The Story

Hello. Short version - this story was written by a 15-year-old who had no idea what she was doing. Despite that, it turned out surprisingly okay, but go in pre-warned. If you'd like to read something a little more competent, and ongoing, my current serial blacklight is a good pick.
- tkjarrah




30 years ago brought the first superhumans, regular people given great power seemingly at random.

15 years ago brought the paranormals, stranger and often weaker in their abilities, but far more numerous.

Today, the world holds its breath...

Or at least, it should.

Most people, though, are just trying to get on with their lives; some successfully, some less so. It's a sensible goal, but it's a bit hard to achieve when shadowy conspiracies and worldwide N.G.O.s are turning your city into a proxy battleground over world-shattering secrets. 

It's bad enough when you've just woken up with superpowers and terrorists are holding your school hostage. It's even worse if you're an illegal vigilante stuck in the middle of the whole Charlie Foxtrot after a supervillain raid drops vital information in your lap. 

For Hannah Eiling-Kingsford and Flint Perez, life is about to get a lot harder to get on with.

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Outliers is a superhero story. Okay, so not so much superhero as vaguely superhero-ish. It's about two teenagers dealing with, among other things, new powers, psycho exes, mysterious datapads and a giant, secret war between the foremost powers-that-be, over information that could forever change the world.

Again.

You know, normal teenage stuff.


Outliers is a complete story.

Update

Hello. Been a minute, thought I'd drop back in in case there's anyone still following this feed.
Silversmith wasn't really working out, and is now on hiatus for the immediate future. I'm currently working on blacklight instead, a modern fantasy story that's probably a lot closer to what people enjoyed about outliers.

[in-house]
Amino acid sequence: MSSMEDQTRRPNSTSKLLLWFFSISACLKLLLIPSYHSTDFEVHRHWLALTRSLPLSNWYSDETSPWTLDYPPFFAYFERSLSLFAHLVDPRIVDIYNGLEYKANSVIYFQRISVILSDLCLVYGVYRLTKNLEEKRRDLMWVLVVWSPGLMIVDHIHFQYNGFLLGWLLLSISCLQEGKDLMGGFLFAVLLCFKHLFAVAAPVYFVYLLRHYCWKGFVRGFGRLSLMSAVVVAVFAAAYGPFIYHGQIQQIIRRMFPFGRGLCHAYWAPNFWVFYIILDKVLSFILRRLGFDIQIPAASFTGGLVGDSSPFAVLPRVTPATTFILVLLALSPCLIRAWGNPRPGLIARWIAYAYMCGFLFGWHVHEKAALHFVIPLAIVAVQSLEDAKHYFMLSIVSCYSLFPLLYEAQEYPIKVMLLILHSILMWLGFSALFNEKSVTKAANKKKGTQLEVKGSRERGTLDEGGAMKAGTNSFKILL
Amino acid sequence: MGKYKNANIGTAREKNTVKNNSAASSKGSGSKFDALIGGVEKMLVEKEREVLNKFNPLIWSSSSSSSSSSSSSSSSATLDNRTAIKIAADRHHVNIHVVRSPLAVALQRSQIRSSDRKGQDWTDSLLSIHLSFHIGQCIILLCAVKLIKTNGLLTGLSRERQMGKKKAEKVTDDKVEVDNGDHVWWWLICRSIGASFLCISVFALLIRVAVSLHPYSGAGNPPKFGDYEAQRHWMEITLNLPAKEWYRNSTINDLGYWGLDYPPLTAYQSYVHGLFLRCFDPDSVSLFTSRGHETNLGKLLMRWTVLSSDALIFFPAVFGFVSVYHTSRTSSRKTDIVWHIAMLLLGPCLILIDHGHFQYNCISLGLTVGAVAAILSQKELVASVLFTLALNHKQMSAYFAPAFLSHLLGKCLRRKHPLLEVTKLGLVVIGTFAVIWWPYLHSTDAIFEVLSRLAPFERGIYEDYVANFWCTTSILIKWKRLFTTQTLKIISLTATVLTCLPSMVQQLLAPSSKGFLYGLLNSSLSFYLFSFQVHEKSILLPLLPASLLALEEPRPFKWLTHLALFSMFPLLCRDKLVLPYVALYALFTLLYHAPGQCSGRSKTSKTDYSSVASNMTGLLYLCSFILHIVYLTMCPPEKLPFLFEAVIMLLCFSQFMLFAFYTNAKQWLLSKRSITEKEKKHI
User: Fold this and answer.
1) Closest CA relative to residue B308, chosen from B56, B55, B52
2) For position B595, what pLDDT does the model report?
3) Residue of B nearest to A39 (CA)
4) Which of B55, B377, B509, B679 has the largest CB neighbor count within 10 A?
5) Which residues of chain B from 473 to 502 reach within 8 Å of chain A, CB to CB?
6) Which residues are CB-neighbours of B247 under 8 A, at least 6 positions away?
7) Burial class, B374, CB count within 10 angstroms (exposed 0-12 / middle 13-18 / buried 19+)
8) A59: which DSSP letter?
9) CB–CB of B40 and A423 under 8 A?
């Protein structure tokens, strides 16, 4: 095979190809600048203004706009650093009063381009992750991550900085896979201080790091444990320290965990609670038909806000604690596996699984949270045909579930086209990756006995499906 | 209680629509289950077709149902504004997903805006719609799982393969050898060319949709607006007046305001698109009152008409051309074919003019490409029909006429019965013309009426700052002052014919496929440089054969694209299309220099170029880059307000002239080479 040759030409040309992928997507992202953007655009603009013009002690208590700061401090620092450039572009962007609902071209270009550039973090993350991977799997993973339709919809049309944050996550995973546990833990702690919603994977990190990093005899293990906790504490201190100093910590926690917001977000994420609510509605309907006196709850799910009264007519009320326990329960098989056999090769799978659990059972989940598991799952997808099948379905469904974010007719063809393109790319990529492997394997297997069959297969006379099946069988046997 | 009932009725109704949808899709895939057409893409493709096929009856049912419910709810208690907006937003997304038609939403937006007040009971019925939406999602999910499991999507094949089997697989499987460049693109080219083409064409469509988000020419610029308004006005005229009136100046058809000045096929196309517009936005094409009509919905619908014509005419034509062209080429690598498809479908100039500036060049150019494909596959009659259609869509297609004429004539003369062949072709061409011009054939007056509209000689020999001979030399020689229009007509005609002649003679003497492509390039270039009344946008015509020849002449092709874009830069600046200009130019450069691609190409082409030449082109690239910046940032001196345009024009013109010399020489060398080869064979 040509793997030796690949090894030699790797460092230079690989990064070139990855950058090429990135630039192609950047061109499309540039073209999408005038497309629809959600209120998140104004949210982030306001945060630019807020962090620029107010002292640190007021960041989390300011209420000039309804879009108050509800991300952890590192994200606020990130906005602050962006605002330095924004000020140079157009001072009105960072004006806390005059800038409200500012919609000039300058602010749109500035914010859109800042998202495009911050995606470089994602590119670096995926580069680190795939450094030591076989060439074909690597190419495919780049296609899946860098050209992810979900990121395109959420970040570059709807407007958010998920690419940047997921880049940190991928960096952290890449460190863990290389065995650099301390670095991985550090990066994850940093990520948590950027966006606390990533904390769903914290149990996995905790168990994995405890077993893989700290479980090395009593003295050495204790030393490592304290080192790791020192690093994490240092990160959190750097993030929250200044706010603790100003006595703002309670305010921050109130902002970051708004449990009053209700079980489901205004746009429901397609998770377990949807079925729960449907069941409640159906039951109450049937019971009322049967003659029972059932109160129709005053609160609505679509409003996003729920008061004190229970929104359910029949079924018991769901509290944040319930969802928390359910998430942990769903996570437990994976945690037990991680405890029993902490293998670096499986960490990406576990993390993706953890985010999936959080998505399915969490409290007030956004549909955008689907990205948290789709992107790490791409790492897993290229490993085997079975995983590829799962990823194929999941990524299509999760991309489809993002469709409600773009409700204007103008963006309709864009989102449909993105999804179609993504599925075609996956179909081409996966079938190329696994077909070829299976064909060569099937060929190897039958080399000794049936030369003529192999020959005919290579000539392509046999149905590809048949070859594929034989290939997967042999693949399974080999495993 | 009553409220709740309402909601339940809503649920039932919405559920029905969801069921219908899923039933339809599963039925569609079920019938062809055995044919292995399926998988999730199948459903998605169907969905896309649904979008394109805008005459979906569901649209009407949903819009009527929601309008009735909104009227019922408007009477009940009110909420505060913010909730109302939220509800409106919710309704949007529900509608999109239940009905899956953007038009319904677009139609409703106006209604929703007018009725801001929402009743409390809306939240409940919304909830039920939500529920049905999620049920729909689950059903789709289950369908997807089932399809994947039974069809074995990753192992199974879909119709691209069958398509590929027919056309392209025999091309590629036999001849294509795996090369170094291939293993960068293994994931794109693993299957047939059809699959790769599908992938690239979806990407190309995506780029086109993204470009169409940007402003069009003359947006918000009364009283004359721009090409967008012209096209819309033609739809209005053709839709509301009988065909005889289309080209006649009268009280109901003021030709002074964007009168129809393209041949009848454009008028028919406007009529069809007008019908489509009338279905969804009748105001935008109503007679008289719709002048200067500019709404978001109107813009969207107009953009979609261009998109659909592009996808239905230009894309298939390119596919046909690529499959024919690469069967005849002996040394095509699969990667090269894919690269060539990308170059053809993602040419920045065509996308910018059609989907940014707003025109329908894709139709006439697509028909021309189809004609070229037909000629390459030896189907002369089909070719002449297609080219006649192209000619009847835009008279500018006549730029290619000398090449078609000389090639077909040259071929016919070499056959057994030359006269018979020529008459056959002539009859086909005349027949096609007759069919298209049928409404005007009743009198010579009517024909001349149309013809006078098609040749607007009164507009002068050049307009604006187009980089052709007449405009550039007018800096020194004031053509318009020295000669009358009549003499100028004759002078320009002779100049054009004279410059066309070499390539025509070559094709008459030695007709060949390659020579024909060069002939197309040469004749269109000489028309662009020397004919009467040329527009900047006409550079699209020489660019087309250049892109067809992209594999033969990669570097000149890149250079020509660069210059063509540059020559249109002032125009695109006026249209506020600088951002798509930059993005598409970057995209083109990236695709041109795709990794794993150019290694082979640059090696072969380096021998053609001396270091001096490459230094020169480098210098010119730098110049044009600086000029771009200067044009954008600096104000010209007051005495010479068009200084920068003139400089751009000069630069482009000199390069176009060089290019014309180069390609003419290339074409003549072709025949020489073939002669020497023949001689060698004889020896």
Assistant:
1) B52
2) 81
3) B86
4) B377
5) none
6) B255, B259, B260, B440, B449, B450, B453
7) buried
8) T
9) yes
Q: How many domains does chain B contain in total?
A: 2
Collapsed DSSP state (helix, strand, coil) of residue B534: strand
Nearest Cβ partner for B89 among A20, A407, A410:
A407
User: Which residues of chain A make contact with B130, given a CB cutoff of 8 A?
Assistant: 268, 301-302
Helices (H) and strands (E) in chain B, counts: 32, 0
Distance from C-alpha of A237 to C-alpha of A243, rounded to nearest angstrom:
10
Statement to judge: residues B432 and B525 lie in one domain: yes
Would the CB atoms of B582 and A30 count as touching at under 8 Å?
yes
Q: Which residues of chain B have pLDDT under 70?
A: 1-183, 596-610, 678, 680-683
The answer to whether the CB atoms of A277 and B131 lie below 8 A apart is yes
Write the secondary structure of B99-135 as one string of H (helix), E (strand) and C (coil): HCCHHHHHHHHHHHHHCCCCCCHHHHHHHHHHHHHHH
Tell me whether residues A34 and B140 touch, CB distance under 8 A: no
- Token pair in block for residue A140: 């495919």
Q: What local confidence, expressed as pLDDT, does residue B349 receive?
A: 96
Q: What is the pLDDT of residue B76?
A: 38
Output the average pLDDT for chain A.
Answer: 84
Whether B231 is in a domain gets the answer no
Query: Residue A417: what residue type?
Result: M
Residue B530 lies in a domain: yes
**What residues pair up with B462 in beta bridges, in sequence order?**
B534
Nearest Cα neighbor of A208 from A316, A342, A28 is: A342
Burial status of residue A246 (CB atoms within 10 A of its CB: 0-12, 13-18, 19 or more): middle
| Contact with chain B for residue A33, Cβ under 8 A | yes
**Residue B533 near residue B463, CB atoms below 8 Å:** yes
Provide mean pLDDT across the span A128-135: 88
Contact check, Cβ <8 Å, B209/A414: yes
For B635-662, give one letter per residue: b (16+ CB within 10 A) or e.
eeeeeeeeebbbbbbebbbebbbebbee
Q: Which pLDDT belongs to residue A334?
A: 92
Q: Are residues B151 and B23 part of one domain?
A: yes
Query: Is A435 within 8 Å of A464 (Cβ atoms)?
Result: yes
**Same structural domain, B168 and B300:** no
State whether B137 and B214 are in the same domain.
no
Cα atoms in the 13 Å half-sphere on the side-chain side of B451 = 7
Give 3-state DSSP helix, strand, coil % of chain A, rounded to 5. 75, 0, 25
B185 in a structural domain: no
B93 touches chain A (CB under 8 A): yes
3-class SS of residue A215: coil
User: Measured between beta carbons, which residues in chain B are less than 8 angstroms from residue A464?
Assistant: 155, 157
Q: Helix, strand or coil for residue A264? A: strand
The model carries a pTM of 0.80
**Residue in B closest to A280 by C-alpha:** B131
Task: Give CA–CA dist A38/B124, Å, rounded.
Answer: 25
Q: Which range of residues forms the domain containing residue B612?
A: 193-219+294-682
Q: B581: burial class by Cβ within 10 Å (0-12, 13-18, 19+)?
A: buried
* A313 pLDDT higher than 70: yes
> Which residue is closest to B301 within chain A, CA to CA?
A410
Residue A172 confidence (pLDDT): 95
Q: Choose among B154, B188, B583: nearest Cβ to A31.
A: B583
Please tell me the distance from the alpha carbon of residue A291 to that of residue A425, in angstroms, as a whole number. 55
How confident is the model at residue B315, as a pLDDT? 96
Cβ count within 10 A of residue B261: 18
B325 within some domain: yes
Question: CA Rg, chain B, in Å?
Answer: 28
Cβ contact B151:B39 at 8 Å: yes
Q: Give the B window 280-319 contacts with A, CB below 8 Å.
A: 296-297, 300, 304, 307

Keep an ear to the ground - Outliers will be returning next year, albeit very changed.

Postscript

So, uh…

Yeah!

That's Outliers. As someone who's never completed a major project before, it's hard to describe the feelings I'm experiencing.

I started writing this story when I was fifteen years old. A high school sophomore, kind of an idiot. Now, I’m eighteen; graduated from high school, still an idiot but hopefully less so. Putting it like that, though, really doesn’t do justice to just how much my life has changed in that period of time. How much I’ve changed, actually, but most of that is quite personal. The point is, Outliers has been a constant during some of the most formative years of my life so far, and it’s meant a lot to me in a lot of weird ways. That’s not to say it’s perfect, or great, or even good; again, written by a fifteen-year-old. I don’t think anyone would argue that there were some flaws kind of hard-baked into the story, ones that it was basically impossible to fix as it went on and got better, as I got better. And I also think anyone would agree I’ve gotten better; not that it was a high bar, but looking back I can’t but feel a little proud of how far I’ve come. Outliers was weird and messy and strange, but ultimately, it was fun, for me at least, and honestly I’ll take that over a higher level of technical proficiency.